We always believed we lived perfectly parallel lives. We went through the same phases at the same times; we both liked gory movies and sappy stuff, and we knew every word to every song on the old musical soundtracks my parents had. Scarlett was more confident, able to make friends fast, where I was shy and quiet, hanging back from the crowd. I was forever known as “Scarlett’s friend Halley.” But I didn’t mind. Without her I knew I’d be hanging out in the bus parking lot with the nerds and Noah Vaughn. That was, I was sure, the destiny in store for me until the day Scarlett looked up from behind those white sunglasses and made a spot for me next to her for the rest of my life. And I was grateful. Because life is an ugly, awful place to not have a best friend.
When I pictured myself, it was always like just an outline in a coloring book, with the inside not yet completed. All the standard features were there. But the colors, the zigzags and plaids, the bits and pieces that made up me, Halley, weren’t yet in place. Scarlett’s vibrant reds and golds helped some, but I was still waiting.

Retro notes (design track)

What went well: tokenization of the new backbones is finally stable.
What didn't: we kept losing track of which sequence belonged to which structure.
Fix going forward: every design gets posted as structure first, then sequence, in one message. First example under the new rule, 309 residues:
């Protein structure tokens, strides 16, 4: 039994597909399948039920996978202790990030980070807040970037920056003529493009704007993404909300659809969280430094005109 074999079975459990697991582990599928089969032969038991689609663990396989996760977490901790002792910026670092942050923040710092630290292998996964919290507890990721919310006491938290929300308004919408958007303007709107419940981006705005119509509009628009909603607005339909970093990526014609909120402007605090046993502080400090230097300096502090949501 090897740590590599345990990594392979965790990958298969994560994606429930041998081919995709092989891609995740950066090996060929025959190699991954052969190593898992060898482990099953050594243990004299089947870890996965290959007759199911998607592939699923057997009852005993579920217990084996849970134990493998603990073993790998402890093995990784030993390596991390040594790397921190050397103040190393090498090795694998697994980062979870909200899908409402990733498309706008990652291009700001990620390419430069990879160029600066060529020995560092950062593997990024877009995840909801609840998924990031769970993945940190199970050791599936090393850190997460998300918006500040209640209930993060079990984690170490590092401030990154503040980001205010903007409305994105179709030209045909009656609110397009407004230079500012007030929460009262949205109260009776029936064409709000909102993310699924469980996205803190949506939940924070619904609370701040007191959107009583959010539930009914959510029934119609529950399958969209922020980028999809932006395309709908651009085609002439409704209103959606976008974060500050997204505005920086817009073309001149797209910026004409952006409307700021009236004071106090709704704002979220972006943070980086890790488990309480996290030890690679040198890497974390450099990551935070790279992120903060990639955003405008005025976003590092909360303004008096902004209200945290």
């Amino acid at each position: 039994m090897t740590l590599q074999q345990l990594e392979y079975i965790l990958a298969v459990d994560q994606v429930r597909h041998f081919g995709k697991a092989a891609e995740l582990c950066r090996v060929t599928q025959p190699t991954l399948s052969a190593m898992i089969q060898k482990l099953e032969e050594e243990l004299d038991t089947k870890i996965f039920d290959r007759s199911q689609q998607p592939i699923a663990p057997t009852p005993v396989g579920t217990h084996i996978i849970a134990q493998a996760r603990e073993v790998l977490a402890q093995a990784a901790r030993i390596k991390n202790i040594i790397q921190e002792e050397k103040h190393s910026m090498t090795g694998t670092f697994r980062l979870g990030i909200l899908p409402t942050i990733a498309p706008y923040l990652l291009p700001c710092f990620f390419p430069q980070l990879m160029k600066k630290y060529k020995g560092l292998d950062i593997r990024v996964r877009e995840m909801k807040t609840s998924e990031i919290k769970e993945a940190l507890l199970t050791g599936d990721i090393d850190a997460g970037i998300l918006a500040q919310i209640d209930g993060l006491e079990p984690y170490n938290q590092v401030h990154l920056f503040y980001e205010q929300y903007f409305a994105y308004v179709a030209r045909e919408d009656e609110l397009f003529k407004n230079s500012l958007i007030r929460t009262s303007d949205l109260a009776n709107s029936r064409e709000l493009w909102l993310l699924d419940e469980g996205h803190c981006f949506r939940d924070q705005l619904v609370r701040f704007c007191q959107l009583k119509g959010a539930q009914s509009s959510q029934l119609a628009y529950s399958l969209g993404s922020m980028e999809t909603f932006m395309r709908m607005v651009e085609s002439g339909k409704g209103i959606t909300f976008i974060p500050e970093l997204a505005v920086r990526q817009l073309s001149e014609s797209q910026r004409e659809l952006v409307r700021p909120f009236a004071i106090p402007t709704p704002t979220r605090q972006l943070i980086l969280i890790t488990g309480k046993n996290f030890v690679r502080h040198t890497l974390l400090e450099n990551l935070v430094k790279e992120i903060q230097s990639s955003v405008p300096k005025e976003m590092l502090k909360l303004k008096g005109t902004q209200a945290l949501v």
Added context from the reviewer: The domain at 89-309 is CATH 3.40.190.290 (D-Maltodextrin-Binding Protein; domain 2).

For most of high school, we hadn’t known Michael Sherwood that well, even though we’d grown up in the same neighborhood. He’d gone away the summer after middle school to California and returned transformed: tan, taller, and suddenly gorgeous. He was immediately the boy to date.
He went out with Ginny Tabor for about fifteen minutes, then Elizabeth Gunderson, the head cheerleader, for a few months. But he never seemed to fit in with that crowd of soccer-team captains and varsity jackets. He went back to his buddies from Lakeview, like his best friend Macon Faulkner. Sometimes we’d see them walking down our street, between our two houses, in the middle of the night, smoking cigarettes and laughing. They were different, and they fascinated us.
By leaving the popular crowd, Michael Sherwood became an enigma. No one was sure where he fit in, and he was friendly with everyone, sort of the great equalizer of our high school. He was famous for his pranks on substitute teachers and was always asking to borrow a dollar in exchange for a good story; he told outlandish tales, half true at best, but they were so funny you got your dollar’s worth. The one I remember he told me had to do with psychotic Girl Scouts who were stalking him. I didn’t believe him, but I gave him two dollars and skipped lunch that day. It was worth it.